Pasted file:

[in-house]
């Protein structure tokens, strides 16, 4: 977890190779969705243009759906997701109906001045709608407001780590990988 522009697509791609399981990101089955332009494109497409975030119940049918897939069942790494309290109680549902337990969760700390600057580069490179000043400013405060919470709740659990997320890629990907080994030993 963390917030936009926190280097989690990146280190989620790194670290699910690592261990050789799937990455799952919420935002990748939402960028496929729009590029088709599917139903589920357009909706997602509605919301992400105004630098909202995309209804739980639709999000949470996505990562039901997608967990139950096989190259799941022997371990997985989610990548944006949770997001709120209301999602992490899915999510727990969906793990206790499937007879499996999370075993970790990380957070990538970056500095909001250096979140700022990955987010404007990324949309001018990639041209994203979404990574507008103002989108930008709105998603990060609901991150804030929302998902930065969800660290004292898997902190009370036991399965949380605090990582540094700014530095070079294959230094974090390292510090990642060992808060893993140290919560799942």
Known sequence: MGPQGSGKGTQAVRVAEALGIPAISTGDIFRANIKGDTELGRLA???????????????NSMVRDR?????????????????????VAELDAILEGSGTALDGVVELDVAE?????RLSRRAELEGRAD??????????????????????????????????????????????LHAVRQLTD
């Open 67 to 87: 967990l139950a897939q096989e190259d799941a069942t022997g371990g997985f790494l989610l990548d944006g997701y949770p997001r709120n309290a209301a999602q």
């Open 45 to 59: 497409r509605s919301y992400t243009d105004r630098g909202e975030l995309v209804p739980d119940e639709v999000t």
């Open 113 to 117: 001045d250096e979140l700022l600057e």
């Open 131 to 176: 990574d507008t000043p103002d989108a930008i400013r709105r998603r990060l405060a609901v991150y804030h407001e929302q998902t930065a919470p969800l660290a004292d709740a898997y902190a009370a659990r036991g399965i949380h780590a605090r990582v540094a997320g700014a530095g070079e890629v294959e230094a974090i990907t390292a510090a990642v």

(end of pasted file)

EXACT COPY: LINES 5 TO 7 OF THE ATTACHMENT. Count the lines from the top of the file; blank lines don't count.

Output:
């Open 45 to 59: 497409r509605s919301y992400t243009d105004r630098g909202e975030l995309v209804p739980d119940e639709v999000t």
């Open 113 to 117: 001045d250096e979140l700022l600057e």
């Open 131 to 176: 990574d507008t000043p103002d989108a930008i400013r709105r998603r990060l405060a609901v991150y804030h407001e929302q998902t930065a919470p969800l660290a004292d709740a898997y902190a009370a659990r036991g399965i949380h780590a605090r990582v540094a997320g700014a530095g070079e890629v294959e230094a974090i990907t390292a510090a990642v």